Samsung seems little interested in making extremely fast desktop SSD products, not for the mass, not within the foreseeable future, not Samsung style, but the only good thing I like about Samsung’s Galaxy S 4 is its 802.11ac component, which should be really fast in sending and receiving 1920 x 1080 video files.


#10

[QUOTE=Kenshin;2690588]The official Samsung answer to that is that smaller SSD drive can help ultrabook manufacturers to provide longer lasting batteries.

1,400MB/s SSD speed and longer battery time sound good in advertising, but such words sound much better in ultrabook ads than in desktop ads.

Samsung seems little interested in making extremely fast desktop SSD products, not for the mass, not within the foreseeable future, not Samsung style, but the only good thing I like about Samsung’s Galaxy S 4 is its 802.11ac component, which should be really fast in sending and receiving 1920 x 1080 video files.[/QUOTE]

You don’t care much for the Galaxy S4? Does this mean you prefer the iPhone 5? In Korea, do people tend to support the local brand over the foreign brand?


#11

The PC industry’s LONG overdue for a bump on the sata interface… at least 1200MB/sec is warranted here for throughput. Wouldn’t these chips heat-up if utilized in a high capacity for a long time? No doubt the have DDR-style heat spreaders connected to heat pipes.


#12

[QUOTE=tmc8080;2691492]The PC industry’s LONG overdue for a bump on the sata interface… at least 1200MB/sec is warranted here for throughput. Wouldn’t these chips heat-up if utilized in a high capacity for a long time? No doubt the have DDR-style heat spreaders connected to heat pipes.[/QUOTE]

It’s probable that they have thermal protection to throttle performance for the sake of longevity, like some SATA SSDs these days do. But even RAM can get on without active cooling in most applications, as long as the chips get some sort of airflow.

However, I’m sure some applications of this style of drive would require a bit more active cooling, for sure. The storage controller itself would be the main concern, since a sort of load balancing could avoid heating the NAND packages.


#13

The whole idea is they would be in “ULTRA BOOKS” which are supposed to be ALMOST tablet thin these days. Not much airflow… Just enough for active cooling of the cpu & graphics chipsets… this board would have to be strategically placed away from the charging section where thermal heat will generate charging the battery and that doesn’t leave lots of room for active cooling…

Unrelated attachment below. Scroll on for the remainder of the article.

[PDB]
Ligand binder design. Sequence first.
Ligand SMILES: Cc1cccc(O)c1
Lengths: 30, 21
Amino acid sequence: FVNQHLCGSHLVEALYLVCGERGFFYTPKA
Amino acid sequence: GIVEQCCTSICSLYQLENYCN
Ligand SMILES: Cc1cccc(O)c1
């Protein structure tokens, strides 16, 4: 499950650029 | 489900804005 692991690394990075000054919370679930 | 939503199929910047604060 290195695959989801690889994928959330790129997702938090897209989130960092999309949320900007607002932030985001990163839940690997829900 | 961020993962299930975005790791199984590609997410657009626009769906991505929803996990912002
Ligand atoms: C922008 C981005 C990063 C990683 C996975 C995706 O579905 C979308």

Typically m/b’s of less than 8 layers don’t hold up over time… these are the flimsy sports cars of the laptop world.


#14

[QUOTE=tmc8080;2691502]
Typically m/b’s of less than 8 layers don’t hold up over time… these are the flimsy sports cars of the laptop world.[/QUOTE]
I have to wonder if this is to an advantage or disadvantage in terms of reducing environmental impact. On one hand, the devices could last long, but people will still trade up, so the less material used, the better.

On the other hand, these things could die prematurely left and right (relative to traditional hard drives & more robust 2.5"/3.5" SSDs), so people will have to replace them more frequently.

We can’t forget a point that everyone mentions: the potential for data loss if people don’t back up (which, even in a world of cloud backup, 4 TB external hard drives, and 1-click automated backup, is still a problem). Enough exaggerated thermal cycles, and we have chips failing like they did when manufacturers had to switch solder types.

I doubt that even the use of metal in ultrabooks can stave off heating issues, unless ultrabook manufacturers do as ODD manufacturers do. If that happens, then we’ll be seeing little divots and notches in the bottom of our laptops the size of the chips on the SSD.

I’d still feel a bit safer if they slapped a little heat exchanger on it and placed it close to the primary system fans. :confused:


#15

Umm… to hell with that… start putting this stuff in TABLETS… the SSD’s they make today barely handle 100MB/sec let alone a gigabyte per second… THIS is where the demand is… not laptops.